Honey Hefeweizen Boule Loaf. Simple, easy and delicious. Perfect recipe for first time bakers!
Last year, with a camera crew in my face, I interviewed the head brewer at my favorite Los Angeles brewery. “All I am is a yeast wrangler. I don’t work for the brewery, I work for the yeast.” He laughed until I asked him about the times when the yeast rears its stubborn head and won’t do what it’s told. He gritted his teeth and scratched the back of his large mass of curly hair as his laughed turned painful, “How about we don’t talk about those batches?”
Fair enough. Even without experiences with failed brewers yeast, I’ve felt the soul crushing defeat of bakers yeast that has a mind of its own. There are a few things you can do to show that yeast who’s boss. Make sure the yeast isn’t expired (expired yeast is actually dead, it won’t work), make sure the temperature is exactly where you need it (it’s different for rapid rise and regular yeast, it’ll say on the package what temp is best), and let it rise in a warm room.
Even with all these safeguards, sometimes yeast just wants to be an asshole and refuses to rise, it still happens to me every once in a while. It’s rare for me to have a failed loaf, and even with the occasional baking breakdown, it’s still worth it, it’s still an obsession I indulge in on a weekly basis. It’s still incredibly gratifying.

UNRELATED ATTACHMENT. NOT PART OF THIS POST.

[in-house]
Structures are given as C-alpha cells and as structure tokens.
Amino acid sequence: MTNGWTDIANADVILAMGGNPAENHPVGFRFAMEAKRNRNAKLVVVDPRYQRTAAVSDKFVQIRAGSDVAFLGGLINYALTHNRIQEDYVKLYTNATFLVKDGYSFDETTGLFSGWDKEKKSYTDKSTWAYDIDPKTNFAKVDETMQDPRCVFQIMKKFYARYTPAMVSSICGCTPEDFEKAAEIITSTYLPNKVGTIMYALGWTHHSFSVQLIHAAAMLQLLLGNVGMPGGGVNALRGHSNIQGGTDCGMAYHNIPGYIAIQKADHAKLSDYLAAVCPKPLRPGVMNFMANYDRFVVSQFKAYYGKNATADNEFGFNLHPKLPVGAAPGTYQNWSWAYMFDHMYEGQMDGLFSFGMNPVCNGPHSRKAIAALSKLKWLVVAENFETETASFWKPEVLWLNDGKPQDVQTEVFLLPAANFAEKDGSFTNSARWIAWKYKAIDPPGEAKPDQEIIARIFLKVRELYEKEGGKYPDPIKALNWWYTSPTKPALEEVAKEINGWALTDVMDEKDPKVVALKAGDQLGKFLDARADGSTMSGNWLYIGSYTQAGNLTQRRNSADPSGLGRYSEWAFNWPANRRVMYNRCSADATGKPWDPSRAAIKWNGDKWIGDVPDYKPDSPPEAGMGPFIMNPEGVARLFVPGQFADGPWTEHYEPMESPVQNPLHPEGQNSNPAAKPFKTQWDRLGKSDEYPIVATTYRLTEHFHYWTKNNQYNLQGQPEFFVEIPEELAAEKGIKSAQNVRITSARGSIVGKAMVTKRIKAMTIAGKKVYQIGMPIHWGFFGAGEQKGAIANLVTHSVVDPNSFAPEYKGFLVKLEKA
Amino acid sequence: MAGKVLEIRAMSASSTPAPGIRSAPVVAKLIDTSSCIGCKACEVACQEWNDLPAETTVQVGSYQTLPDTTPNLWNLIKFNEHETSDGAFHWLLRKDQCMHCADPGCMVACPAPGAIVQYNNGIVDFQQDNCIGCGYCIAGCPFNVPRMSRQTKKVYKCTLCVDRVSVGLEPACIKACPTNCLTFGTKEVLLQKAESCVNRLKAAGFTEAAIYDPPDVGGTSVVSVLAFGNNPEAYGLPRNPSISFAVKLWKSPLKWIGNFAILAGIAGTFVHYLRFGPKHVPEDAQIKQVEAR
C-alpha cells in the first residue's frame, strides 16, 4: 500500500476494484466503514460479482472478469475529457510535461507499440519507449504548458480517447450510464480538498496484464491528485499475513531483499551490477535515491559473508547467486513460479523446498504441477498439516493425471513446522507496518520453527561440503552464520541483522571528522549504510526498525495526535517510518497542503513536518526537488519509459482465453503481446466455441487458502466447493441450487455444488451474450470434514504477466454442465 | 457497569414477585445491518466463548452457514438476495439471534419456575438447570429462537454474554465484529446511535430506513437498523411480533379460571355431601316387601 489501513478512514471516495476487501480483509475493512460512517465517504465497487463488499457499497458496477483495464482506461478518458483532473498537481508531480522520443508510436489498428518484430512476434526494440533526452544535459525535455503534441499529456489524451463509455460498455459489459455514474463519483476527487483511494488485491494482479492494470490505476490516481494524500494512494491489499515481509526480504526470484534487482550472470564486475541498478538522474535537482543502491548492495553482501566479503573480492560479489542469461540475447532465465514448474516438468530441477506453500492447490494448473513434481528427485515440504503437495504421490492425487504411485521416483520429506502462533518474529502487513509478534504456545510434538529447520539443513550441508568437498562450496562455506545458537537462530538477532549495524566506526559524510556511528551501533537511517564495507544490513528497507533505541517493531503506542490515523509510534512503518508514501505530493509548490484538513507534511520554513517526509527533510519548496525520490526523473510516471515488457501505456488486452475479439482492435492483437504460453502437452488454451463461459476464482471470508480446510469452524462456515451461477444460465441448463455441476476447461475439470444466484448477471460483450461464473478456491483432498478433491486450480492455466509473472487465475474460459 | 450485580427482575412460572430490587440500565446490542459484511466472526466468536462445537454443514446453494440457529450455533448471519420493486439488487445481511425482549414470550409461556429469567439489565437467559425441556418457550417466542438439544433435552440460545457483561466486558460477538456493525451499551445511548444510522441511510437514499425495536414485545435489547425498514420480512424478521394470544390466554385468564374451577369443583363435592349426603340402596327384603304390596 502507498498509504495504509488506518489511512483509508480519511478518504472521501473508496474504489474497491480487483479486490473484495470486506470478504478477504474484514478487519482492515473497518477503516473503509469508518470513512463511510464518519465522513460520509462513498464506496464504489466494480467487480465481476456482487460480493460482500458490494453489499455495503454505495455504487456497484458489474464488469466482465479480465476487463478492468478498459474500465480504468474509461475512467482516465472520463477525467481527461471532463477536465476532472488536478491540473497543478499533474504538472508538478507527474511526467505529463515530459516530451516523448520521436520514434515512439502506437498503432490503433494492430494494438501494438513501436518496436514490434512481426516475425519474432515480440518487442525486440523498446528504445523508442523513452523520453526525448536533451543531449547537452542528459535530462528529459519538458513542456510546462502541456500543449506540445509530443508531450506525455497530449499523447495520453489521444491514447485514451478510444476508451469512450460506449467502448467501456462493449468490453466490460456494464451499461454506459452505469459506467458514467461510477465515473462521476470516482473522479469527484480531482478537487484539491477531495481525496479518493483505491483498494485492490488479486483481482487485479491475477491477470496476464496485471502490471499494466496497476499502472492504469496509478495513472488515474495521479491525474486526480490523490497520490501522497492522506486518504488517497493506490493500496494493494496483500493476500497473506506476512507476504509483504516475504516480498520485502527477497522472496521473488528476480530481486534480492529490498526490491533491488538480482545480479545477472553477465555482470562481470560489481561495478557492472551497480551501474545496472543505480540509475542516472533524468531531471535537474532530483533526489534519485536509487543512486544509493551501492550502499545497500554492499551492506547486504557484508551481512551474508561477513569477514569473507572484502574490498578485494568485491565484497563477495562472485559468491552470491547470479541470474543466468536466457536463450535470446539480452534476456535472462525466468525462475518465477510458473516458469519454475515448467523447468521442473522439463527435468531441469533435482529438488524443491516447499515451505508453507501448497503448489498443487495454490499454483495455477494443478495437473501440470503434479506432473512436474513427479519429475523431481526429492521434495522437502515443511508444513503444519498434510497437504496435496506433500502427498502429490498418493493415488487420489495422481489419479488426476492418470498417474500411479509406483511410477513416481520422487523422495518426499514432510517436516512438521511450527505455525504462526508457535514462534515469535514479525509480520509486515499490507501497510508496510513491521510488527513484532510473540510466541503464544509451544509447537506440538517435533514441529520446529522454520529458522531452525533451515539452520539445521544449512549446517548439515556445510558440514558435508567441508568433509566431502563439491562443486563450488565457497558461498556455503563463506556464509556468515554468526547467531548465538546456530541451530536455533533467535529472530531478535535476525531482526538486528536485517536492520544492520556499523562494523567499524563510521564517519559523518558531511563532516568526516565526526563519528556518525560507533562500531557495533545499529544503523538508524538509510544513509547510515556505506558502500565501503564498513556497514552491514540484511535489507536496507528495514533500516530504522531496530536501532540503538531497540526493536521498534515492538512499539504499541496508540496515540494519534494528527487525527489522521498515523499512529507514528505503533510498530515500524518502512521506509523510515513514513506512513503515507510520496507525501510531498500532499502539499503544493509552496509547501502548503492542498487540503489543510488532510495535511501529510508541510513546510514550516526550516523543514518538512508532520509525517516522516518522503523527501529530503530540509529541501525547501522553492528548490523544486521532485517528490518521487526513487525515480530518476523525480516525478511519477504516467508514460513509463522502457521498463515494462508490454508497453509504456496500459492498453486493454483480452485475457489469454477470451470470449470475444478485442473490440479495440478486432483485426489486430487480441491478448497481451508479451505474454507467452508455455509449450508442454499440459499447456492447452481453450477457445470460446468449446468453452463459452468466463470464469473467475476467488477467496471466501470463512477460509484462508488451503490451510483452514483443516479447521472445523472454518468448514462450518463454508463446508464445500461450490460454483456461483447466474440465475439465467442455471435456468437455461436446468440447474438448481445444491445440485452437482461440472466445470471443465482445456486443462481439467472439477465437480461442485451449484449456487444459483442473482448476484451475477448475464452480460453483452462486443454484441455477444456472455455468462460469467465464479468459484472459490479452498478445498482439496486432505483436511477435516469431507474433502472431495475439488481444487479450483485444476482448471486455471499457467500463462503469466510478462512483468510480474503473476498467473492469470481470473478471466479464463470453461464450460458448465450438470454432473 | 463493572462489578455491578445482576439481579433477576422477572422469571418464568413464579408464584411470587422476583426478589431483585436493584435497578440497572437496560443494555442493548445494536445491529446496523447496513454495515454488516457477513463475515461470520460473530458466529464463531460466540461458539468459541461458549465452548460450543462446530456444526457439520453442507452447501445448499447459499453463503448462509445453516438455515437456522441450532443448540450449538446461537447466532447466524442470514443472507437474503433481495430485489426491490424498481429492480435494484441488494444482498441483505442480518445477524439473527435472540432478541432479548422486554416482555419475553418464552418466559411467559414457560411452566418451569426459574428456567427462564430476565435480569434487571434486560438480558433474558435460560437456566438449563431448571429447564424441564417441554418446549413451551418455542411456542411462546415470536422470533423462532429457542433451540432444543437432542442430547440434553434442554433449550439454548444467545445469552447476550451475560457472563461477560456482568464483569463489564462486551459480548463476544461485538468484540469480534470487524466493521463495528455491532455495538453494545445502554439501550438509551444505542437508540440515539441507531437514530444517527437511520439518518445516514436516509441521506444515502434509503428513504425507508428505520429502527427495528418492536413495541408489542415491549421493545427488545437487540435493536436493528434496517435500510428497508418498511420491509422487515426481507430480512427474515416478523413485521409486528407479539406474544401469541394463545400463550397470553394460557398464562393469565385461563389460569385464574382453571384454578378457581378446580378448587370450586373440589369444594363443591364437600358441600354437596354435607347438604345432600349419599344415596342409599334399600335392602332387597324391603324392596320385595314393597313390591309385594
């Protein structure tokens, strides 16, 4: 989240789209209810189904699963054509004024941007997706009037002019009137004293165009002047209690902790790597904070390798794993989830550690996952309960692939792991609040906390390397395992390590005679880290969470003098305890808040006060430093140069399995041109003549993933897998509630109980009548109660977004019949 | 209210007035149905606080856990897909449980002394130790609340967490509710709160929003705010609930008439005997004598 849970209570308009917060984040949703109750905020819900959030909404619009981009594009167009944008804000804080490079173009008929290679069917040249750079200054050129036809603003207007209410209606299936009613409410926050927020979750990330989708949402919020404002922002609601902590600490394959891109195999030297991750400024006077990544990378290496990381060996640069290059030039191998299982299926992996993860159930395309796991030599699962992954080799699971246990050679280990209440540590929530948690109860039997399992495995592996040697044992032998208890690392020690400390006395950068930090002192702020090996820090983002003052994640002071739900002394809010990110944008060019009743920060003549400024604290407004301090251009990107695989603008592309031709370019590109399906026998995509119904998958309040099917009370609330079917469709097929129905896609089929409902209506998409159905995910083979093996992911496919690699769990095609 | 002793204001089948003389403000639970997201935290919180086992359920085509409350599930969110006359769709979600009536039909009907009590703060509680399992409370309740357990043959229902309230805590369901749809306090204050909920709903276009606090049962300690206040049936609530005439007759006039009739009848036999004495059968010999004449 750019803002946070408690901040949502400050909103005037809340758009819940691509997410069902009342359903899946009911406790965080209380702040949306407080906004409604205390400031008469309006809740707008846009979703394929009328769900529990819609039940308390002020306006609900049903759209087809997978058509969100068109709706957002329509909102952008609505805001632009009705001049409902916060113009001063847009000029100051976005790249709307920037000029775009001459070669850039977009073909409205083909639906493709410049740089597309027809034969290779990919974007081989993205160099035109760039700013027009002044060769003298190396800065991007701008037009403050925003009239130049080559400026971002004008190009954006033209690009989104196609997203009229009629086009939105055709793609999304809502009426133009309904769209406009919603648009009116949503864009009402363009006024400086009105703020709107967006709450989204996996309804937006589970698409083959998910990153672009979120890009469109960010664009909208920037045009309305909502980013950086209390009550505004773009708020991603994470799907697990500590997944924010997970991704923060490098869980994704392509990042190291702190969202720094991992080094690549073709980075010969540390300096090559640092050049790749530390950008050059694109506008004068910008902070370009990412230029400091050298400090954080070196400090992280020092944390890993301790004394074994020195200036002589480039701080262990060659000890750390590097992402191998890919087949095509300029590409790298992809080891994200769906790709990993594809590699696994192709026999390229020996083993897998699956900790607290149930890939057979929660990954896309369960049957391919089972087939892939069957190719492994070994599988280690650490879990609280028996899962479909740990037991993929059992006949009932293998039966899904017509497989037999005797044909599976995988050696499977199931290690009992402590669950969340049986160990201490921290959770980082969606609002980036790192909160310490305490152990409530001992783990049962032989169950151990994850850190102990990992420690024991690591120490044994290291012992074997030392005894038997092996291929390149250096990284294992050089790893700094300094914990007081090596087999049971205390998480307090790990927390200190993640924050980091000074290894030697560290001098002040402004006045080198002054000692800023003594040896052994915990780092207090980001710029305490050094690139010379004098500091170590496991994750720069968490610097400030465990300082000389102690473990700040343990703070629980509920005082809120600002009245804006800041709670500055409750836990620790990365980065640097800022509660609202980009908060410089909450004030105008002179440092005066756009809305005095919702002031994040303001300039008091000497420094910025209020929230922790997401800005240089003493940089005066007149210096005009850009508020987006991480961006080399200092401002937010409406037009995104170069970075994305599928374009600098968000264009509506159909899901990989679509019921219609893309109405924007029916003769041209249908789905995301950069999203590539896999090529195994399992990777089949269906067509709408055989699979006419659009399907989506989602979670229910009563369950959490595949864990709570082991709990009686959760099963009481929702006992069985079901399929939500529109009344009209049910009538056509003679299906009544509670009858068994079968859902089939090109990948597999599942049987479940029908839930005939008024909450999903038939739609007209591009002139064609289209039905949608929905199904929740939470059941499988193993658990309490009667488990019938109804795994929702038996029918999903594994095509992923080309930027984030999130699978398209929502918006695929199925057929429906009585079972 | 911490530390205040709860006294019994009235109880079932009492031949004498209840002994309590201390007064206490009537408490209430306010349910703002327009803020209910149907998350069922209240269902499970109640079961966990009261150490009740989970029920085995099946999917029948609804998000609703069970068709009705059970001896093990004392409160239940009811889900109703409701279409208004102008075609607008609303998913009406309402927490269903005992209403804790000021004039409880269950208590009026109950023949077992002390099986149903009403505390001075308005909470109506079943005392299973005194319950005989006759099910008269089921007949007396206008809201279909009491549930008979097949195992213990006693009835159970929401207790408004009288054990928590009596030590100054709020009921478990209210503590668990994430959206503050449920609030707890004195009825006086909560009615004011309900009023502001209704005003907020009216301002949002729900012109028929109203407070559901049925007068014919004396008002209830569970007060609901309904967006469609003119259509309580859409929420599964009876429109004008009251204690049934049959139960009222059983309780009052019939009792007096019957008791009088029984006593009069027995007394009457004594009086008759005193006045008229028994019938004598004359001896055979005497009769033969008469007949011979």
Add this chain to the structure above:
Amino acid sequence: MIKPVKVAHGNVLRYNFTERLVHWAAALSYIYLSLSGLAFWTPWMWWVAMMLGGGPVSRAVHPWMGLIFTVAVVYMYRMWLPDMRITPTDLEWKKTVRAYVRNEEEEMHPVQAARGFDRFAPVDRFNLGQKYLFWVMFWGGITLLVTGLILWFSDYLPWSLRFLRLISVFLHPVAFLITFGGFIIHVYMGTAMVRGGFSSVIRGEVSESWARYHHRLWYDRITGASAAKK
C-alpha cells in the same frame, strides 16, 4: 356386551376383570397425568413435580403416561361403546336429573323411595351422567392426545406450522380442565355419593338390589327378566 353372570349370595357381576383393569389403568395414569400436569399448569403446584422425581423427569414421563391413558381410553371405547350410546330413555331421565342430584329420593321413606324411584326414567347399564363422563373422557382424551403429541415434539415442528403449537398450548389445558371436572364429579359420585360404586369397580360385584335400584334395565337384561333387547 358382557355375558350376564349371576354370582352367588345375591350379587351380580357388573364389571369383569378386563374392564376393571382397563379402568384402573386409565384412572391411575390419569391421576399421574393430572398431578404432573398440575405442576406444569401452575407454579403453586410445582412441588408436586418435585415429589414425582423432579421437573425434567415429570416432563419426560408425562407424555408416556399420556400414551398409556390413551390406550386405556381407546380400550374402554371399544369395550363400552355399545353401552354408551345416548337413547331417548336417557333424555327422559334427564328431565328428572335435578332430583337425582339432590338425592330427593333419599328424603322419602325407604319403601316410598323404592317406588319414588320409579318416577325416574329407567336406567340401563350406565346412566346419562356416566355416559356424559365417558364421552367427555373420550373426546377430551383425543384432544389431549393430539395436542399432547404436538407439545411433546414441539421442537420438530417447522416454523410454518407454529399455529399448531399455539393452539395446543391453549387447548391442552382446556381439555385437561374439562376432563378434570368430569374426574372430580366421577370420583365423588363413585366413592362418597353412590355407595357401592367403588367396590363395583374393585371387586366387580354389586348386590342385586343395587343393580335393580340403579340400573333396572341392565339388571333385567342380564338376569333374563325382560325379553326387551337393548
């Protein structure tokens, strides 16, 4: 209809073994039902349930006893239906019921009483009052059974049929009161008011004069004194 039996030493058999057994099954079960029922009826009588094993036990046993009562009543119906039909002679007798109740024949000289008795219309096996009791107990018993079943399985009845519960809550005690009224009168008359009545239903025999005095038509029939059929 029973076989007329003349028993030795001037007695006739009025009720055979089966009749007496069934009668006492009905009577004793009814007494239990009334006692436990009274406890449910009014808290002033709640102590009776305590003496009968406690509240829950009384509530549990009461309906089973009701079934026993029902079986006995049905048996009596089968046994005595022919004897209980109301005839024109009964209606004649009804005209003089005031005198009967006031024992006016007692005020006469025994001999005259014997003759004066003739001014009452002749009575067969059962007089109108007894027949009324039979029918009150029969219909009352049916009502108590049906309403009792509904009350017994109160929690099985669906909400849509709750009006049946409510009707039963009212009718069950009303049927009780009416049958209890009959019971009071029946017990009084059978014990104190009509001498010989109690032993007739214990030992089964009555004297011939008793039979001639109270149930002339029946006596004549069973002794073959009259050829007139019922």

Other than scrapping it all and starting over, there is one trick I’ve learned to revive a dead loaf. Place about a tablespoon of water in a small bowl and heat to the correct temperature. Add a package of yeast and wait for it to get foamy (this is called proofing and should happen in a few minutes), stir into a paste. Knead the yeast paste into the dough and hope for the best. If that doesn’t work, throw it in the trash, cuss like a sailor, and go get pizza. You’ve earned it.